You could have your pick of the world’s biggest galleries, but you mostly choose to work in community spaces like hospitals and schools. Why?


For me, the most important thing is to make work that connects people. Working in hospitals is one of my biggest achievements. For the bedrooms I created for Sheffield Children’s Hospital I used bright colours and geometric patterns. It's a collaborative process. By discussing it with young patients and clinical staff, I started to understand what would make a difference. I also brought in my own knowledge, about which materials make you feel warm and how to make a clinical space feel like home. You listen, take things in and then you also give back. I did a project with Method cleaning products and I asked them to sponsor the hospital garden as part of that, so they gave me a budget to build the garden, which we’re finishing soon. At the hospital, the kids, their families and the people who work there told me they feel happier in the space I’ve created.

Burntwood School, London

Image: Burntwood School, London 

I’ve also made work for 11 schools with the architects Allford Hall Monaghan Morris (AHMM). One of the ones I’m proudest of is Burntwood School in Wandsworth, London (pictured above). Our aim was to make an environment for people to thrive in, rather than exist in. [NB Readers, the school ended up winning multiple prizes for its iconic design and the architect won the 2015 RIBA Stirling Prize.]

What kind of look did you go for with our T-shirts?


I wanted them to be bold. I like the one with the wording on its side, because it’s quite abstract, so you’re not walking around trying to be an advert, you almost have to look twice before you read it. I asked for the wording: ‘sun’, ‘sea’ and ‘air’. I mean, we can’t exist without them, can we?! I’m not religious, but I think if I was alive a very long time ago, I would have worshipped the sun, sea and air.

100% of profits from the sales of #TOGETHER products go to charities that advance the Sustainable Development Goals. Find out more here.

You’ve described your mantra as: ‘Make happy those who are near and those who are far will come’ – talk me through what you meant…


It’s a Chinese proverb, so I probably completely mis-read it myself! I just believe that if you work together as a community, then strength and companionship blossoms. That will exude out to other people who’ll want to be connected to this thing you’ve made together. For instance, at the moment, I’m working with Shakespeare Walk Adventure Playground in Hackney and I just love the play workers there so much. They give so much to the young people.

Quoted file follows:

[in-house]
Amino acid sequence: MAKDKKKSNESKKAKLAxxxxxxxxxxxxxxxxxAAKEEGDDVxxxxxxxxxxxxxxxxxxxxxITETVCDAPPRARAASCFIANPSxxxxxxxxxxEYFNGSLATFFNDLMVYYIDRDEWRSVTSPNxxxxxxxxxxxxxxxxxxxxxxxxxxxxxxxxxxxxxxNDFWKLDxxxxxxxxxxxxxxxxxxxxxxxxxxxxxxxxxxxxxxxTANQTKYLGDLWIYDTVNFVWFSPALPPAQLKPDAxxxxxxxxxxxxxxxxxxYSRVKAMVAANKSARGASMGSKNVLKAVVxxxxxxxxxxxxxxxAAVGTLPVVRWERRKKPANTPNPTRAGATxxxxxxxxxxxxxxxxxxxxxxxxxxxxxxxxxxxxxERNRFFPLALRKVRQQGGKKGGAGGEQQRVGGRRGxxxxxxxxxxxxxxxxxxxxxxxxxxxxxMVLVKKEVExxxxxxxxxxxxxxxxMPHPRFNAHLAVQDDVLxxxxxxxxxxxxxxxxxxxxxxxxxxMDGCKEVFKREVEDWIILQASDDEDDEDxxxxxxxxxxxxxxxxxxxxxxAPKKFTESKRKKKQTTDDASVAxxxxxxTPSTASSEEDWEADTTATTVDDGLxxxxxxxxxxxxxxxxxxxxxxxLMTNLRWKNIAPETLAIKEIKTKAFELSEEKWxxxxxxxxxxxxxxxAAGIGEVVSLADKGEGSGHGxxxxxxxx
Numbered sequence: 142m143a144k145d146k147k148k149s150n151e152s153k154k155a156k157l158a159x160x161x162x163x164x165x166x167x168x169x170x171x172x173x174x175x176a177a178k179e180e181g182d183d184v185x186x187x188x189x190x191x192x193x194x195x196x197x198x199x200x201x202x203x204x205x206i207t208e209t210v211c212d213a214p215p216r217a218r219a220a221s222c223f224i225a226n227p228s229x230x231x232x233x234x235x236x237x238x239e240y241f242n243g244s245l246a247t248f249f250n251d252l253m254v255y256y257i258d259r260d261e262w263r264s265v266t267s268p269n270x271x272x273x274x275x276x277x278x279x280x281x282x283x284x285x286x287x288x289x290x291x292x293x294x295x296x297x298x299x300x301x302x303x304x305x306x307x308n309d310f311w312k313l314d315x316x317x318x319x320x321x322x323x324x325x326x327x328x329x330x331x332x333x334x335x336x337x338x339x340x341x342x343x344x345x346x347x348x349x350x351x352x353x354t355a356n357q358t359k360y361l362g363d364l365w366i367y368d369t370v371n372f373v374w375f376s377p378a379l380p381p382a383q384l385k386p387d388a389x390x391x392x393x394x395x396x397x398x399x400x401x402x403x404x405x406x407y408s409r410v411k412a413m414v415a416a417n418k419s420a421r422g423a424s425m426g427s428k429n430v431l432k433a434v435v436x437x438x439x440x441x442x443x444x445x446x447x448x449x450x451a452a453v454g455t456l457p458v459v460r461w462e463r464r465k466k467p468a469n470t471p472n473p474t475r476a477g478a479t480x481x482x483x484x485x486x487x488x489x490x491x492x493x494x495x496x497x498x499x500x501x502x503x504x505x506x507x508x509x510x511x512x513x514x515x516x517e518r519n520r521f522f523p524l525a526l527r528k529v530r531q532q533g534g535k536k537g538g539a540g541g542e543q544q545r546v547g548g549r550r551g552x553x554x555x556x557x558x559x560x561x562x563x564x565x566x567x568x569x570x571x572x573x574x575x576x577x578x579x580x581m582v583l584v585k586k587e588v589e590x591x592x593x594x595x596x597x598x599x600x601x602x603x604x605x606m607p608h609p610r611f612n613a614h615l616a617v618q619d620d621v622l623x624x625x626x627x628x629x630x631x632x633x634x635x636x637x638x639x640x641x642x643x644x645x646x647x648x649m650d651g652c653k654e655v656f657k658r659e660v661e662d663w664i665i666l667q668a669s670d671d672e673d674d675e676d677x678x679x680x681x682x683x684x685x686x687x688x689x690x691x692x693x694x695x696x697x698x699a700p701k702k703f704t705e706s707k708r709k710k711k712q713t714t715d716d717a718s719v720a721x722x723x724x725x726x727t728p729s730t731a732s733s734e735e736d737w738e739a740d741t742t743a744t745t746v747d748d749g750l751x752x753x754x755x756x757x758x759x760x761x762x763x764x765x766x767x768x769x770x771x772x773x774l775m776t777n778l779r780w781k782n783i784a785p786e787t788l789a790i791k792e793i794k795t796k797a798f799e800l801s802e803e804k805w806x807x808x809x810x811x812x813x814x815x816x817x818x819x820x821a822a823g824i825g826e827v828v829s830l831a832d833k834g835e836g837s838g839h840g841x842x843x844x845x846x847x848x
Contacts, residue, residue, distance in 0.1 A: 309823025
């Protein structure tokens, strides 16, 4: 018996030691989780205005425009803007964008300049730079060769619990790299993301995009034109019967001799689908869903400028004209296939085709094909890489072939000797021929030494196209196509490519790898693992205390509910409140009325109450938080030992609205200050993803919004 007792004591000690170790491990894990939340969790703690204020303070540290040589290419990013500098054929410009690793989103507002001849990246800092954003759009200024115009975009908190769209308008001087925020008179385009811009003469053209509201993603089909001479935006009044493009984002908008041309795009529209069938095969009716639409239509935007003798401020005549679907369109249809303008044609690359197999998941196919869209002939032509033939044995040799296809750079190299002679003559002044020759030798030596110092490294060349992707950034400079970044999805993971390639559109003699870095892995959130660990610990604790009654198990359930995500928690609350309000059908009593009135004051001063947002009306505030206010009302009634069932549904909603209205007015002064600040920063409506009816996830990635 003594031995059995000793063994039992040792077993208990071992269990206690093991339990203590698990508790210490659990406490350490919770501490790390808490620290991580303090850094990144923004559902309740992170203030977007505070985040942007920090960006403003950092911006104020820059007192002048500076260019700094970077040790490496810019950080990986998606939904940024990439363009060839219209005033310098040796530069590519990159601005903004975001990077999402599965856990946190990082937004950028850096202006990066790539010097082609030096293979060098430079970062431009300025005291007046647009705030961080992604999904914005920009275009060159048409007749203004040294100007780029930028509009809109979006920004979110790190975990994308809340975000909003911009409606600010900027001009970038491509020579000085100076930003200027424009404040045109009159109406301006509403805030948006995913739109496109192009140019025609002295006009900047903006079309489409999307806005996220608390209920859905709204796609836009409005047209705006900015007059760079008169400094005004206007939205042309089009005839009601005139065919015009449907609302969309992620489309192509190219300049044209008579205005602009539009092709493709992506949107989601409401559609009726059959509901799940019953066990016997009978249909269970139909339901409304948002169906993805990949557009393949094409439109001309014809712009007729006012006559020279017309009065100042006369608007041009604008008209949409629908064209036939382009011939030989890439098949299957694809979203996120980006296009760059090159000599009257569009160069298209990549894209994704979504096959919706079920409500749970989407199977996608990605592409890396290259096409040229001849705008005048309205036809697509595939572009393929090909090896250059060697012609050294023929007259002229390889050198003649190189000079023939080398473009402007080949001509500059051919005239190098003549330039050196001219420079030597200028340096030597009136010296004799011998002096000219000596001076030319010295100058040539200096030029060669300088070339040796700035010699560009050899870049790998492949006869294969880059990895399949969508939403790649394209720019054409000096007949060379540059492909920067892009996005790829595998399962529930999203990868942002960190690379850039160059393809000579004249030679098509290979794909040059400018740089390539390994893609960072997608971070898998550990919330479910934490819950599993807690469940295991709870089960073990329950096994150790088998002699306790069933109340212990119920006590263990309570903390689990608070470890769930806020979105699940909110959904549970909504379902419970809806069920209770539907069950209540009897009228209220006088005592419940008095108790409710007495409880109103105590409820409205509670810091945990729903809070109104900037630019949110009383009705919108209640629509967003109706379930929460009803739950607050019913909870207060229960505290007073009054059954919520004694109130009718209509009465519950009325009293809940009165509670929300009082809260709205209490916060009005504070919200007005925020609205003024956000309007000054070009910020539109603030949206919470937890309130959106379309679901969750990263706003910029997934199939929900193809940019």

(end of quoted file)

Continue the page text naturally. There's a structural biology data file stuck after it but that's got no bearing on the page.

What was your breakthrough moment in the art world?

I felt like an outsider for many years and so I carved my own space for my work. I had my breakthrough project in 2012 when I made my first structural installation, The Movement Cafe in Greenwich, London. I finally truly expressed myself. It took me many years and the world and attitudes to change but I always had a mission and a vision. Finally, I felt I was making the work I'm here to do.

Our Regent Street collaboration

Our Glasgow canals collaboration

How do you manage the huge scale of your work?


It takes a lot of planning and organisation as I work with different specialists, engineers and fabricators. It uses different parts of your brain at different times throughout the process. Often the work is made with the community as it's so important that the end result 'belongs' to everybody. One of the best ways of doing this is actually making the work together.

In Aberdeen recently, over 100 people from the community were involved in helping paint an installation. Then they come and see the finished result and are like, ‘Oh, we painted this bit!’ It’s like a jigsaw because I draw it all out, plan it out, then get people to paint by numbers. Often the painters don’t realise what it’ll be like until they see it all together. For me, the bigger, the better!


What’s been the best thing about working with the #TOGETHERBAND team so far?


I really responded to the brief and the aspirations you gave me. I listened to what you wanted, but you’ve allowed me to do the work how I wanted it to be which, as an artist, felt great. I’m so excited to see it!

Watch our exclusive video with Morag below.